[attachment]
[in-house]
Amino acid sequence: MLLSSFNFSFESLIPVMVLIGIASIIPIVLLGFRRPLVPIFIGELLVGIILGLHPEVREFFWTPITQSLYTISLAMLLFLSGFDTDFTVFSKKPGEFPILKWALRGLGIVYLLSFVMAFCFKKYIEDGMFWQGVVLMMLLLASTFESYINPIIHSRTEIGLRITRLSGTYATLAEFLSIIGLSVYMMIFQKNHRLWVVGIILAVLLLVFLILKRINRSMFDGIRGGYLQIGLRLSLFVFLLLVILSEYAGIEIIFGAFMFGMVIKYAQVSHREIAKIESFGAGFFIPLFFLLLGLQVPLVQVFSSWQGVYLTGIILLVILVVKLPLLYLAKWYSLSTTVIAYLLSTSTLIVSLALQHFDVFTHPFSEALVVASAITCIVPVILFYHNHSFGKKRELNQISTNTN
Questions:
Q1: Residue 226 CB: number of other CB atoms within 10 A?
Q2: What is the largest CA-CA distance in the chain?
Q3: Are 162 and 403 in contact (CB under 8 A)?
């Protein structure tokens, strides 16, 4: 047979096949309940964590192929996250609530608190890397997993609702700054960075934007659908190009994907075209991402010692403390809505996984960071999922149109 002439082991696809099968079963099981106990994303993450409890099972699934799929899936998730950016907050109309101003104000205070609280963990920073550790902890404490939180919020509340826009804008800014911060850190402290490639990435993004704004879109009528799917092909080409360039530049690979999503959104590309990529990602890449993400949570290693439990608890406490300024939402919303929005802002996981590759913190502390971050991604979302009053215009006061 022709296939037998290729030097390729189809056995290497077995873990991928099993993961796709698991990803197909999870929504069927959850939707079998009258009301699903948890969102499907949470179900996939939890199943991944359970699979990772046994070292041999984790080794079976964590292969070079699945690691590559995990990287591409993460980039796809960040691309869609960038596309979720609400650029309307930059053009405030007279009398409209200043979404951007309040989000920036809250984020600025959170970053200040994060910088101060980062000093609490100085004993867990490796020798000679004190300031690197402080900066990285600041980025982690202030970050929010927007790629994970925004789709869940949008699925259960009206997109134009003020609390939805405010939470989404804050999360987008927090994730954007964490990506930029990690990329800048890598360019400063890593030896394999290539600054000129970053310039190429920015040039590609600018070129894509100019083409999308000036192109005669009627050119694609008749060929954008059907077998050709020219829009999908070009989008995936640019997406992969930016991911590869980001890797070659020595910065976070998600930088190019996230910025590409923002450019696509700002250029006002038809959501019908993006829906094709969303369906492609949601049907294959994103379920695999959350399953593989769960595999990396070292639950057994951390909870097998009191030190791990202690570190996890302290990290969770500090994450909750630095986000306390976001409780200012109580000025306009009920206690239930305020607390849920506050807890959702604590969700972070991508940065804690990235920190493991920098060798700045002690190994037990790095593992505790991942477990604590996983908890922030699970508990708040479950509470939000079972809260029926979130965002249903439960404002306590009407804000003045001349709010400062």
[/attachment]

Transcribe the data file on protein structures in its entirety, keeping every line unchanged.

[in-house]
Amino acid sequence: MLLSSFNFSFESLIPVMVLIGIASIIPIVLLGFRRPLVPIFIGELLVGIILGLHPEVREFFWTPITQSLYTISLAMLLFLSGFDTDFTVFSKKPGEFPILKWALRGLGIVYLLSFVMAFCFKKYIEDGMFWQGVVLMMLLLASTFESYINPIIHSRTEIGLRITRLSGTYATLAEFLSIIGLSVYMMIFQKNHRLWVVGIILAVLLLVFLILKRINRSMFDGIRGGYLQIGLRLSLFVFLLLVILSEYAGIEIIFGAFMFGMVIKYAQVSHREIAKIESFGAGFFIPLFFLLLGLQVPLVQVFSSWQGVYLTGIILLVILVVKLPLLYLAKWYSLSTTVIAYLLSTSTLIVSLALQHFDVFTHPFSEALVVASAITCIVPVILFYHNHSFGKKRELNQISTNTN
Questions:
Q1: Residue 226 CB: number of other CB atoms within 10 A?
Q2: What is the largest CA-CA distance in the chain?
Q3: Are 162 and 403 in contact (CB under 8 A)?
């Protein structure tokens, strides 16, 4: 047979096949309940964590192929996250609530608190890397997993609702700054960075934007659908190009994907075209991402010692403390809505996984960071999922149109 002439082991696809099968079963099981106990994303993450409890099972699934799929899936998730950016907050109309101003104000205070609280963990920073550790902890404490939180919020509340826009804008800014911060850190402290490639990435993004704004879109009528799917092909080409360039530049690979999503959104590309990529990602890449993400949570290693439990608890406490300024939402919303929005802002996981590759913190502390971050991604979302009053215009006061 022709296939037998290729030097390729189809056995290497077995873990991928099993993961796709698991990803197909999870929504069927959850939707079998009258009301699903948890969102499907949470179900996939939890199943991944359970699979990772046994070292041999984790080794079976964590292969070079699945690691590559995990990287591409993460980039796809960040691309869609960038596309979720609400650029309307930059053009405030007279009398409209200043979404951007309040989000920036809250984020600025959170970053200040994060910088101060980062000093609490100085004993867990490796020798000679004190300031690197402080900066990285600041980025982690202030970050929010927007790629994970925004789709869940949008699925259960009206997109134009003020609390939805405010939470989404804050999360987008927090994730954007964490990506930029990690990329800048890598360019400063890593030896394999290539600054000129970053310039190429920015040039590609600018070129894509100019083409999308000036192109005669009627050119694609008749060929954008059907077998050709020219829009999908070009989008995936640019997406992969930016991911590869980001890797070659020595910065976070998600930088190019996230910025590409923002450019696509700002250029006002038809959501019908993006829906094709969303369906492609949601049907294959994103379920695999959350399953593989769960595999990396070292639950057994951390909870097998009191030190791990202690570190996890302290990290969770500090994450909750630095986000306390976001409780200012109580000025306009009920206690239930305020607390849920506050807890959702604590969700972070991508940065804690990235920190493991920098060798700045002690190994037990790095593992505790991942477990604590996983908890922030699970508990708040479950509470939000079972809260029926979130965002249903439960404002306590009407804000003045001349709010400062």